The Seattle Seahawks Season Summed Up in Ten Graphs

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That my friends is a slideshow of probability graphs courtesy of Advanced NFL Stats. The win probability graphs are defined per their website as:

The probability that a team will win a game in progress, given a particular combination of circumstances including score, time remaining, field position, down, and to go distance. WP is based on a model built on actual outcomes of NFL games from recent seasons that featured similar circumstances.

The other stats you see in the graphs (CBF and EI) are completely irrelevant and you’d be better off ignoring them.

This is the story of the 2010 Seattle Seahawks. They put themselves in unfavorable positions and over 50% of their season was spent playing the 2nd half as a mere formality. It was evident that this would occur frequently on the very first play of the season opener against San Francisco, when Matt Hasselbeck fired an interception to Nate Clements. Seattle won this game 31-6 but as you can see in the slideshow the 49ers would waste no time doing the exact same thing but with an actual offense.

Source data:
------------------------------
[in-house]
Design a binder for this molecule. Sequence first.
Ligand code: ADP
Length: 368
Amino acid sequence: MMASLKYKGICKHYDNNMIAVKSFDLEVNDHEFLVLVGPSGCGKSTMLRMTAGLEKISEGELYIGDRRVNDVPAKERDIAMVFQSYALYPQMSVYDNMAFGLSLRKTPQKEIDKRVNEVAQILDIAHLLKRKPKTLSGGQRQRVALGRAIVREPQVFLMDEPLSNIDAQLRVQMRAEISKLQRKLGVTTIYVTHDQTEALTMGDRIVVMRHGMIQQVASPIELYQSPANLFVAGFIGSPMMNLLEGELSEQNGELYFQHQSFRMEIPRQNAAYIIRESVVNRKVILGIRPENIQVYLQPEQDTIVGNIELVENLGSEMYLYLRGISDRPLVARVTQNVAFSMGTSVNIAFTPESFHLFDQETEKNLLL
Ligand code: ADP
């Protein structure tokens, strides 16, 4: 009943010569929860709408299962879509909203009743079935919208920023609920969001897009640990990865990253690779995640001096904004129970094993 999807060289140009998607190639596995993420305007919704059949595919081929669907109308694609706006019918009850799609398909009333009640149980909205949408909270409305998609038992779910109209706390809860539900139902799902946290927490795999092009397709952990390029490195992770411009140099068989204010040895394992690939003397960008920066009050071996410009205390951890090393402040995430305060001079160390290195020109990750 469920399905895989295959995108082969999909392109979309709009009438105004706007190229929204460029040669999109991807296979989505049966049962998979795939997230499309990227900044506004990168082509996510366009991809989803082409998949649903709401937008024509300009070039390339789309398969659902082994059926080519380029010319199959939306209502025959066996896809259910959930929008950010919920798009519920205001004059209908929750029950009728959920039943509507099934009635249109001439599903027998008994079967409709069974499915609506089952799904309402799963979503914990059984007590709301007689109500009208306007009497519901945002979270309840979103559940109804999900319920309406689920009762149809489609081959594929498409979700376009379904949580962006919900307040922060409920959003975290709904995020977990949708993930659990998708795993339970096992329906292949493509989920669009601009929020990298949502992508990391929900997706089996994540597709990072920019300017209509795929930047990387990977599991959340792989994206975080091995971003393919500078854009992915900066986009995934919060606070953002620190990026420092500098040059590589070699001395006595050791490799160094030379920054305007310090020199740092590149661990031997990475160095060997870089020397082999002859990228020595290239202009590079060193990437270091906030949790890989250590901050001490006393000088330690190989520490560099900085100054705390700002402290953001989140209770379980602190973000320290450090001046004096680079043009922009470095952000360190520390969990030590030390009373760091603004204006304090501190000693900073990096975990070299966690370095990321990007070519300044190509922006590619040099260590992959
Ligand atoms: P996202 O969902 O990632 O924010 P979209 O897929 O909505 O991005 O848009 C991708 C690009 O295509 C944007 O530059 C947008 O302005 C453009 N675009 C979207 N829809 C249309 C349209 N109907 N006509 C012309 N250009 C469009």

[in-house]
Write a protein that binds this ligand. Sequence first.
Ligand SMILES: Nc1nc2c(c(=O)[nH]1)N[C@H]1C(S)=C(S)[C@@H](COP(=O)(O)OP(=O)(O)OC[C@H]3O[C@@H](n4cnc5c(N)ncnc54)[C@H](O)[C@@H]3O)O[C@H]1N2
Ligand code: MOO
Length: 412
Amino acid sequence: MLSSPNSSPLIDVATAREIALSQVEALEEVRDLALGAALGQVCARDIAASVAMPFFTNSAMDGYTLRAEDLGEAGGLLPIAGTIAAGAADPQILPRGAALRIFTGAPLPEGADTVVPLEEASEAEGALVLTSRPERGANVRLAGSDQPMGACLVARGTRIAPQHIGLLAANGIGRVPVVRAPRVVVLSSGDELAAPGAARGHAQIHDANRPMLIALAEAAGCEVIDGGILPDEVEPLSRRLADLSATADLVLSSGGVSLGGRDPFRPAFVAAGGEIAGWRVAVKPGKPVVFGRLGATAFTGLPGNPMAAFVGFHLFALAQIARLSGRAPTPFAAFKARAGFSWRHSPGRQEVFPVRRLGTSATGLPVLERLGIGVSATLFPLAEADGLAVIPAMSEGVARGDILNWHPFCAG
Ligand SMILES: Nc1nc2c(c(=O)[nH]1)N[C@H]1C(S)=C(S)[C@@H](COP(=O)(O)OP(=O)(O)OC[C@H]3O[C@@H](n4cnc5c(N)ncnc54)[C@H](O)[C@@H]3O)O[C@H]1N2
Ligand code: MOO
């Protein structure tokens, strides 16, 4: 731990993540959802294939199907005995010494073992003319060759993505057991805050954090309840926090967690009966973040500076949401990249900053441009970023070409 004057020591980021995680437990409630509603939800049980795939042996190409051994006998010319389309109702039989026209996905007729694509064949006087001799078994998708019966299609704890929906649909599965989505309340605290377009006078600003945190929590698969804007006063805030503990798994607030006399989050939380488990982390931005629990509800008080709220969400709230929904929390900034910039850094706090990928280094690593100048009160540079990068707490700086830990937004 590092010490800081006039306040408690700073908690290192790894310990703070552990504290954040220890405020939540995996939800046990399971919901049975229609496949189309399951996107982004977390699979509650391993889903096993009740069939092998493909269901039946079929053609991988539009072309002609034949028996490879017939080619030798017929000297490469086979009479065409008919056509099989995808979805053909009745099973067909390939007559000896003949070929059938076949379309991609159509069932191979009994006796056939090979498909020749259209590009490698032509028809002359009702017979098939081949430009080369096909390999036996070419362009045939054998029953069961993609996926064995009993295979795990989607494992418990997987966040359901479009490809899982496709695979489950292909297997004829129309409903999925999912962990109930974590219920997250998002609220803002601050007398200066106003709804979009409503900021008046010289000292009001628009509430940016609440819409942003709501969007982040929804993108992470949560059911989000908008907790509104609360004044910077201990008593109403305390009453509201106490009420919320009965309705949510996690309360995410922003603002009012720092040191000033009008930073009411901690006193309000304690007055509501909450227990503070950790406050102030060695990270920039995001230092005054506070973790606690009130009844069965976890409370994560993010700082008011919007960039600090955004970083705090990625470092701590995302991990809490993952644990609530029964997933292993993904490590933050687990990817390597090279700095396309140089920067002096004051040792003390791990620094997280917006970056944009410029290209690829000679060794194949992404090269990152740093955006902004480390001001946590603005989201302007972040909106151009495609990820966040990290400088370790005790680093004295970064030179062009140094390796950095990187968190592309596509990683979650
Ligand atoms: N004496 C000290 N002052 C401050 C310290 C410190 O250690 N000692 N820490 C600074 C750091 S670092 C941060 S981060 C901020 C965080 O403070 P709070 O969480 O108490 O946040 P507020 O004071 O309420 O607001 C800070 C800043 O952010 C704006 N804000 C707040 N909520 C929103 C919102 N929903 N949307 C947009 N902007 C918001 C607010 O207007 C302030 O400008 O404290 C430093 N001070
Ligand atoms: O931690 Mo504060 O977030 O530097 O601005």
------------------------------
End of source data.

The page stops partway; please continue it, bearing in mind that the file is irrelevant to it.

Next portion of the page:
It did not matter who the opponent was, Seattle would manage to fall behind. Whether it was the 11-5 Chicago Bears or even the 4-12 Denver Broncos the end result was the same. Some weeks the offense would just completely disappear like they did in St. Louis, other weeks the defense would have a meltdown like in San Francisco, and then you had the complete collapse from both sides in games such as Tampa Bay and the NY Giants.

In 18 games the Seahawks allowed a touchdown on the opposition’s opening drive 6 times, which is worst in the NFL. Is it a lack of preparation? I don’t think so. There’s a reason why they’re final record is 8-10 and they are simply not a quality team. They’re also a little on the old side, with 11 players in total (active and on IR) over 30. A further 6 are aged 29. That alone tells you a rebuild is inevitable and that the futures of Olindo Mare, Matt Hasselbeck, Brandon Stokley, Raheem Brock, etc. are all in doubt. The Seahawks need more players like Earl Thomas and less of journeymen like Junior Siavii. It’s not healthy to rely on veterans to carry on the faint hope of a miracle playoff run on the basis of being in the weak NFC West.

I’m extremely happy the Seahawks pulled off one of the biggest upsets in NFL Playoff history by beating the New Orleans Saints, but that’s the extent of the joy. The win did not change how horrible they’ve become after being perennial contenders. Seattle has to rebuild smartly to win consistently, not just for a one-off mediocre season like this one.



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